A new report from Ohio-based TEConomy Partners LLC shows Indiana’s life sciences sector has outperformed the state’s economy over the last 20 years. The report was commissioned by BioCrossroads, the state’s life sciences initiative, and says nearly a quarter of the net new jobs in Indiana from 2001 to 2020 were created in the life sciences sector. “It demonstrates that the financial impact, the workforce impact, the innovation impact on our state is really here to stay,” said BioCrossroads CEO Patty Martin.
In an interview with Inside INdiana Business, Martin said the life sciences sector has been a factor in Indiana for over 100 years.
“Many other states are now figuring out that there’s real opportunity and real growth in life sciences,” said Martin. “But for us, it really harkens back to the beginning of some of the institutions here like Lilly, like Roche, like Cook, and the beauty of those organizations is they are all very diverse. So we represent not just biotechnology; we represent other therapeutics, diagnostics and medical devices.”
Martin adds it’s important to note that Indiana’s life sciences ecosystem is not limited to just one region.
“The sector is statewide, so that gives us a competitive advantage over other states that are very, very localized and very specifically focused,” she said.
The report, BioCrossroads and the Indiana Life Sciences Ecosystem: Tracking Two Decades of Progress and Charting a Path for Sustained Success, says of the 50,000 new jobs created in Indiana over the last 20 years, 12,000 were in the life sciences.
Martin says Indiana’s research universities – specifically, Indiana University, Purdue University and the University of Notre Dame – are critical to the sector’s success.
The report shows life sciences research at the state’s colleges and universities has increased from $282 million in 2001 to $844 million in 2020.
“The amount of funding that they have been able to secure over the last number of years has grown by 300%, and so that investment and the innovation that it brings to the state, the talent that it brings to the state is really important to continue to make those investments,” Martin said.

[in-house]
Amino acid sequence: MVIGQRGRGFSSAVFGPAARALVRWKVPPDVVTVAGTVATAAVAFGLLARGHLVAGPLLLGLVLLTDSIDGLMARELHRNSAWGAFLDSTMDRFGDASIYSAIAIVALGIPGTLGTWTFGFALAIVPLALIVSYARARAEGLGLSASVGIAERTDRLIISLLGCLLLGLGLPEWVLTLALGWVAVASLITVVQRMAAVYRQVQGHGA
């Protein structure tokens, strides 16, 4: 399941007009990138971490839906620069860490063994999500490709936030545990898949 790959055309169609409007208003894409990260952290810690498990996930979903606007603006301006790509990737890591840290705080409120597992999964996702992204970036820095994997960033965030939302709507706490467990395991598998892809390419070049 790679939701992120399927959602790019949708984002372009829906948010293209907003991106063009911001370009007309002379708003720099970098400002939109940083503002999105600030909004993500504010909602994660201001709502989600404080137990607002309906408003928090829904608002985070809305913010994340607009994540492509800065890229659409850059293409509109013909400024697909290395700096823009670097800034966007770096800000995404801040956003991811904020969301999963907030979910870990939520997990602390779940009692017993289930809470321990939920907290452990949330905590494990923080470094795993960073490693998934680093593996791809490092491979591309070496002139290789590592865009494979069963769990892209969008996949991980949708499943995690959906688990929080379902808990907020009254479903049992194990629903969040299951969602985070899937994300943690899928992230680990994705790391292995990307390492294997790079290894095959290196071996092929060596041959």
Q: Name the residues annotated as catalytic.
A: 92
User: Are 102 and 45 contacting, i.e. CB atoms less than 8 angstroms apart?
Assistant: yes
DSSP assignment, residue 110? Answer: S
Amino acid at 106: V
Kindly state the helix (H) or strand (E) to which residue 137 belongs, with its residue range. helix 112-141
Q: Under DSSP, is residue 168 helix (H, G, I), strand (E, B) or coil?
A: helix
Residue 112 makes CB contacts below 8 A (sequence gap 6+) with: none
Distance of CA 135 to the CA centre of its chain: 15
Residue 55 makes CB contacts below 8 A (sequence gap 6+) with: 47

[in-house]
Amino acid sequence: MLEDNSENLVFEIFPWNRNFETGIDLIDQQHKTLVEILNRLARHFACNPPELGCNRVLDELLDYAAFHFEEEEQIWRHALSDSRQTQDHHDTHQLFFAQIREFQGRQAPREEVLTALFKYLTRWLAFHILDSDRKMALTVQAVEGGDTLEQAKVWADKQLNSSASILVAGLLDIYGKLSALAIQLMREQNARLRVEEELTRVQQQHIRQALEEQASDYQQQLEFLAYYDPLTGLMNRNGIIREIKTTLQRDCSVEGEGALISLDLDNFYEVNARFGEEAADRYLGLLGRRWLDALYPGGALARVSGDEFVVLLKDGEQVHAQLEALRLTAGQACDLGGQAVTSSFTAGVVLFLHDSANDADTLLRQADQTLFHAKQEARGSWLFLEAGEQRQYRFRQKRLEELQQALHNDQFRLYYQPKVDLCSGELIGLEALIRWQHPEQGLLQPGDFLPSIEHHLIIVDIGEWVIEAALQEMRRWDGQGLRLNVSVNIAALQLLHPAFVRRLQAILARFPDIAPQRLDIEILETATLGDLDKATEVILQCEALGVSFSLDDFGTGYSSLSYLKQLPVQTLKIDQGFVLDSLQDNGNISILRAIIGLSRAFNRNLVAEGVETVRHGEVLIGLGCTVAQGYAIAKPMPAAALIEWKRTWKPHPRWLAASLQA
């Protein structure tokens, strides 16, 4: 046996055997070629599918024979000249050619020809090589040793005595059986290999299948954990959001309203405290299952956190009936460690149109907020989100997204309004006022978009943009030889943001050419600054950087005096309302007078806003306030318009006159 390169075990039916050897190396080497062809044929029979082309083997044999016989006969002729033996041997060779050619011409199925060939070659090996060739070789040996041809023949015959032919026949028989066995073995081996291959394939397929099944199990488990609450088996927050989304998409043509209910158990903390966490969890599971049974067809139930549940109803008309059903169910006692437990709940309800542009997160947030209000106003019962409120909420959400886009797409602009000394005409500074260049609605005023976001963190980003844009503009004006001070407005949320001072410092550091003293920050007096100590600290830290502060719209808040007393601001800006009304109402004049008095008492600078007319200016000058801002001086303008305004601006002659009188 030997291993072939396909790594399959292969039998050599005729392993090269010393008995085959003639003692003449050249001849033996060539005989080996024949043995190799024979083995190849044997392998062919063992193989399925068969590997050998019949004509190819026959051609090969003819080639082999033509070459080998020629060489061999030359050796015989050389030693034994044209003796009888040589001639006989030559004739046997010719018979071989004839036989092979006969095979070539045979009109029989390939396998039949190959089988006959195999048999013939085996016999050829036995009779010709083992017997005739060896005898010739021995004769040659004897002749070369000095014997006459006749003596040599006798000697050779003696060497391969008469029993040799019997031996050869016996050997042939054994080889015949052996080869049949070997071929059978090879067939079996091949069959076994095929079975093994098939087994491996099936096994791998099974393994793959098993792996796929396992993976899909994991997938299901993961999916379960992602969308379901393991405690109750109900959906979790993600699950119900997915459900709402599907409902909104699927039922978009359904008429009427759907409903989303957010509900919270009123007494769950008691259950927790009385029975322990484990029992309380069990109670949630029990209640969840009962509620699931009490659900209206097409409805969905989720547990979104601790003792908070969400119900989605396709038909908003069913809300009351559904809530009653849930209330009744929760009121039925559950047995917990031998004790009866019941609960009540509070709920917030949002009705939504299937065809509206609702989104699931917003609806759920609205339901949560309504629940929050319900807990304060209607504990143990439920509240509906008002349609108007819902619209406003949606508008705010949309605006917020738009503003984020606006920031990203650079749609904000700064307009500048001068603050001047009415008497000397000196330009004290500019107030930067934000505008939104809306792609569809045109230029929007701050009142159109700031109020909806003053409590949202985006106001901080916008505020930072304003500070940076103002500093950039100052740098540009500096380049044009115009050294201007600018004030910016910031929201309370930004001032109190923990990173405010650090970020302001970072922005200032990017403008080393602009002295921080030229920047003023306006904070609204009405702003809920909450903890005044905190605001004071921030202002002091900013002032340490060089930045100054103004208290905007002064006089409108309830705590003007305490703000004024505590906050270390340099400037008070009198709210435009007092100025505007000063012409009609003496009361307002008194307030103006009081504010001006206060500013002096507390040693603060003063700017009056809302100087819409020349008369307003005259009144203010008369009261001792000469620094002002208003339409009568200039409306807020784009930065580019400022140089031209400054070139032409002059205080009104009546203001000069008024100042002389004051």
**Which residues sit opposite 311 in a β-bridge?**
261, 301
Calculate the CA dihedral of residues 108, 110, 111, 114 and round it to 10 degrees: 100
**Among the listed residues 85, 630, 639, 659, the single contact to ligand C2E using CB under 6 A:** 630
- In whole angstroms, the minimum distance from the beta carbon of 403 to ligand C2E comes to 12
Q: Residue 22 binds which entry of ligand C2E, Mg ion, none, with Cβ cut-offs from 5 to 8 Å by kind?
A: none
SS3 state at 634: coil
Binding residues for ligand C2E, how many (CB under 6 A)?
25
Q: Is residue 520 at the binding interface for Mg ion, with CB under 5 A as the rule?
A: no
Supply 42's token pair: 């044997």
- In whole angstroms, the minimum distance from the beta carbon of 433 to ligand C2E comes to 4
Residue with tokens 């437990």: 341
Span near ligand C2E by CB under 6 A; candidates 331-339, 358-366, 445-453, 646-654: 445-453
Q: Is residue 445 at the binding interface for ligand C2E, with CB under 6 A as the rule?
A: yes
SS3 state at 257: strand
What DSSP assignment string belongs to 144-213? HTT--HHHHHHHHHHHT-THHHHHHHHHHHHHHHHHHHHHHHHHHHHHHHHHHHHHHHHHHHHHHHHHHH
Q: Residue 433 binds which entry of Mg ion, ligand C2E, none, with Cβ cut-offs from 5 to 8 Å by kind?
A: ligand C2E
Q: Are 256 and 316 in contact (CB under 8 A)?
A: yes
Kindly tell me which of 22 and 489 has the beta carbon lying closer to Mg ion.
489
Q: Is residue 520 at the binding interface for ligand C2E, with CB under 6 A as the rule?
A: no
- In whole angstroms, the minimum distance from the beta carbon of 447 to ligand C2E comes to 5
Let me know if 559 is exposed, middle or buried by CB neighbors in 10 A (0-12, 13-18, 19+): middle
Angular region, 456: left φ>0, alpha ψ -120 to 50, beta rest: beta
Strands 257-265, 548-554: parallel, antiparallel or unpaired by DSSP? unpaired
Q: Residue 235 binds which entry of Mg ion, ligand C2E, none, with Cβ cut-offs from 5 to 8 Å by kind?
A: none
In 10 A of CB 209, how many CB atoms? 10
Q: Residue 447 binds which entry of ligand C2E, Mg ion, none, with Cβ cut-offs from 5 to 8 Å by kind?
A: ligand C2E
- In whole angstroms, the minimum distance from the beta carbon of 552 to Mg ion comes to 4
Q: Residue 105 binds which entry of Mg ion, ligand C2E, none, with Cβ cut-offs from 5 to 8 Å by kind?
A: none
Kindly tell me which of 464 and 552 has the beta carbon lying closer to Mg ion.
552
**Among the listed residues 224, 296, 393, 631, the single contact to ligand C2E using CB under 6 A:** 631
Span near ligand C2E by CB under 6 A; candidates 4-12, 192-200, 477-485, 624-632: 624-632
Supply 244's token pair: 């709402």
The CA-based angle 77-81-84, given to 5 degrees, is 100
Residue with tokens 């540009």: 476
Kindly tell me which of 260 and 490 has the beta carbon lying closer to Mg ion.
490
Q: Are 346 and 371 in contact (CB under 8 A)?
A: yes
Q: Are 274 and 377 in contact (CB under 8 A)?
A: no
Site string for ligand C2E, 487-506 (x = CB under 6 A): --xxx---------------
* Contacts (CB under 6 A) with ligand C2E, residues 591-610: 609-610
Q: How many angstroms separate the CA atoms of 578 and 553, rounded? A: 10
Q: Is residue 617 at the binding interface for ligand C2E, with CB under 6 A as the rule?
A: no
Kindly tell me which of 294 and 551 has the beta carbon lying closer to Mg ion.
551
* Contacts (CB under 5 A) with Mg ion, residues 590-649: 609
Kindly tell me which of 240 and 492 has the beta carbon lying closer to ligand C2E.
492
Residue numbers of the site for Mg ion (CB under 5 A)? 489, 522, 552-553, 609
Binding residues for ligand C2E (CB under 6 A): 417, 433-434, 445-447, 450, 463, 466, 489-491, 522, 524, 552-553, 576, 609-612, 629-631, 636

Additionally, the report says the number of venture capital deals supporting life sciences companies in Indiana has grown from four VC deals totaling $14 million in 2001 to 39 deals totaling more than $433 million in 2021.
Martin says the report sends a message to other states and life sciences companies that Indiana is performing on another level and it’s more than just an idea for the state.
“The life sciences sector contributes nearly $80 billion to the state of Indiana’s economy. We’d like to see that grow to $100 billion, and not just with our legacy companies here, but we have many startups, many new therapeutic areas and new subsectors that are growing that are going to help us get there.”
Looking forward, Martin says it will be important for Indiana to raise more awareness of the importance of life sciences throughout the state.
“Indiana’s known as a farming state. We’re known as a manufacturing state. We’re not broadly understood here within our own state lines and beyond that we are a life sciences state, and that we have many assets that we can leverage and grow,” she said. “We need to make sure that folks understand the importance of the sector and the opportunity to create jobs and generate wealth across the state.”
You can view the full report by clicking here.